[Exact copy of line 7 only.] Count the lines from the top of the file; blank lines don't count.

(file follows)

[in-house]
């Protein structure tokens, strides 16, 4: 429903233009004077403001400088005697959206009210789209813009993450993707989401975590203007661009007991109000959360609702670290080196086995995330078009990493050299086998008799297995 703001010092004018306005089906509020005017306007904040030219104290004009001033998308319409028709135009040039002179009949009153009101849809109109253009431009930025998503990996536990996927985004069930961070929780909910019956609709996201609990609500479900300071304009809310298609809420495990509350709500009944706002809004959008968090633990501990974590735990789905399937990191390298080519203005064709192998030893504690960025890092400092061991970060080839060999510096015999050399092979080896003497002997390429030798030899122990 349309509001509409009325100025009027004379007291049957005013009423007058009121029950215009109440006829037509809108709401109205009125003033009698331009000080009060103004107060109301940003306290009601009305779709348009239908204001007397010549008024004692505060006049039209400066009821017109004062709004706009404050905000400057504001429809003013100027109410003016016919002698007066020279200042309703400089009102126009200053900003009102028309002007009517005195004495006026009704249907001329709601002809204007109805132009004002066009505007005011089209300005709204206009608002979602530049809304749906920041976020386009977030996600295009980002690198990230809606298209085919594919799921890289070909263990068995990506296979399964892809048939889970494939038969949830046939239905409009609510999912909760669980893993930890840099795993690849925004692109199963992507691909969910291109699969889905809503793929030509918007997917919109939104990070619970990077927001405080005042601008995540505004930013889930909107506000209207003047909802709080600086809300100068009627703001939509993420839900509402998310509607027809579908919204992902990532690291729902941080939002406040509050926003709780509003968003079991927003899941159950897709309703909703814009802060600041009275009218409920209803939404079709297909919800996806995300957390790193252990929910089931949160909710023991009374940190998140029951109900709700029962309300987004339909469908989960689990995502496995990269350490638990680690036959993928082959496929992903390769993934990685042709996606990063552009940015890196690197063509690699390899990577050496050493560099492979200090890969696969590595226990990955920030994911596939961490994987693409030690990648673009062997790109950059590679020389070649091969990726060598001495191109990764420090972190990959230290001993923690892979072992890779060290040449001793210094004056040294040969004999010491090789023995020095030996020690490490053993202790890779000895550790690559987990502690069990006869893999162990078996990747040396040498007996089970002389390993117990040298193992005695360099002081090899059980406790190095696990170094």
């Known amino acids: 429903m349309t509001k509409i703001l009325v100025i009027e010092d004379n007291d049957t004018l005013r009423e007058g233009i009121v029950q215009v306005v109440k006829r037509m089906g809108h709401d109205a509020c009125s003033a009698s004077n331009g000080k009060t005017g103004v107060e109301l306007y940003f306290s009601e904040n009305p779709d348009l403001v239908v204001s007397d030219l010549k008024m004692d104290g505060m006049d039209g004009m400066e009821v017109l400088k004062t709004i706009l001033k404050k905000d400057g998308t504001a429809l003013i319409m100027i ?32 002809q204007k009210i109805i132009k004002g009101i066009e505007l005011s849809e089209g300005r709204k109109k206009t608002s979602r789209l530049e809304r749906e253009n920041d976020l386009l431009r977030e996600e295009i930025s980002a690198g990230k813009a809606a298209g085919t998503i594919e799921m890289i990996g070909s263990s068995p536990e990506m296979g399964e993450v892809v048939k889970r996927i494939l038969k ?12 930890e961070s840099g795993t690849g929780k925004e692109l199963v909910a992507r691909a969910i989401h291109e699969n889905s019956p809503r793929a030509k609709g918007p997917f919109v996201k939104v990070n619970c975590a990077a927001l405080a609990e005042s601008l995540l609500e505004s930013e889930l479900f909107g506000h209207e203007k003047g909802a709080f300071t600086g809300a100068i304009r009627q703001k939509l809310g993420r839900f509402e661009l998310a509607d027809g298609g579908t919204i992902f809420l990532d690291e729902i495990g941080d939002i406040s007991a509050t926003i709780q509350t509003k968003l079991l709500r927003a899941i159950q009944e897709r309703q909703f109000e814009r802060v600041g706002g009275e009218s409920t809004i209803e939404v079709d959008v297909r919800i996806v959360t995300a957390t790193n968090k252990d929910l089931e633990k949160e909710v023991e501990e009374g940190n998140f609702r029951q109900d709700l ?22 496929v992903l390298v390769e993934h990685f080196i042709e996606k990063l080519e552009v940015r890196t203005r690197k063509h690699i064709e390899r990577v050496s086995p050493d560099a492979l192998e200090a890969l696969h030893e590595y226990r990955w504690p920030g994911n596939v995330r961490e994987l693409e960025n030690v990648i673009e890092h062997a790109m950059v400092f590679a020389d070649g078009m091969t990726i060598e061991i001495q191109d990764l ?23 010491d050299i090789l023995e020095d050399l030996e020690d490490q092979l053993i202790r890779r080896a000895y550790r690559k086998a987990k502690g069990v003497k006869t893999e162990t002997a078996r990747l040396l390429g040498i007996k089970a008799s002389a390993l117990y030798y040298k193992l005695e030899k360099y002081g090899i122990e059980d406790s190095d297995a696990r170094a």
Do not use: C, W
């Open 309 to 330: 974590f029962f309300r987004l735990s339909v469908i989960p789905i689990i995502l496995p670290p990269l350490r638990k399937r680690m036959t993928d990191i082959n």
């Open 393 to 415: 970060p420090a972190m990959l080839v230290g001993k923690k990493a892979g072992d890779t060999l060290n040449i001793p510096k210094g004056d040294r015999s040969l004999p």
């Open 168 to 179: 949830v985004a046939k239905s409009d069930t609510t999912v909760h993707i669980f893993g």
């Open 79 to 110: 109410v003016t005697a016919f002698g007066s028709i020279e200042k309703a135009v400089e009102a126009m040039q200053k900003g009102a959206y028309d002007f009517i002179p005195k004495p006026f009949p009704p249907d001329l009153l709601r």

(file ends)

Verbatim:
């Open 168 to 179: 949830v985004a046939k239905s409009d069930t609510t999912v909760h993707i669980f893993g």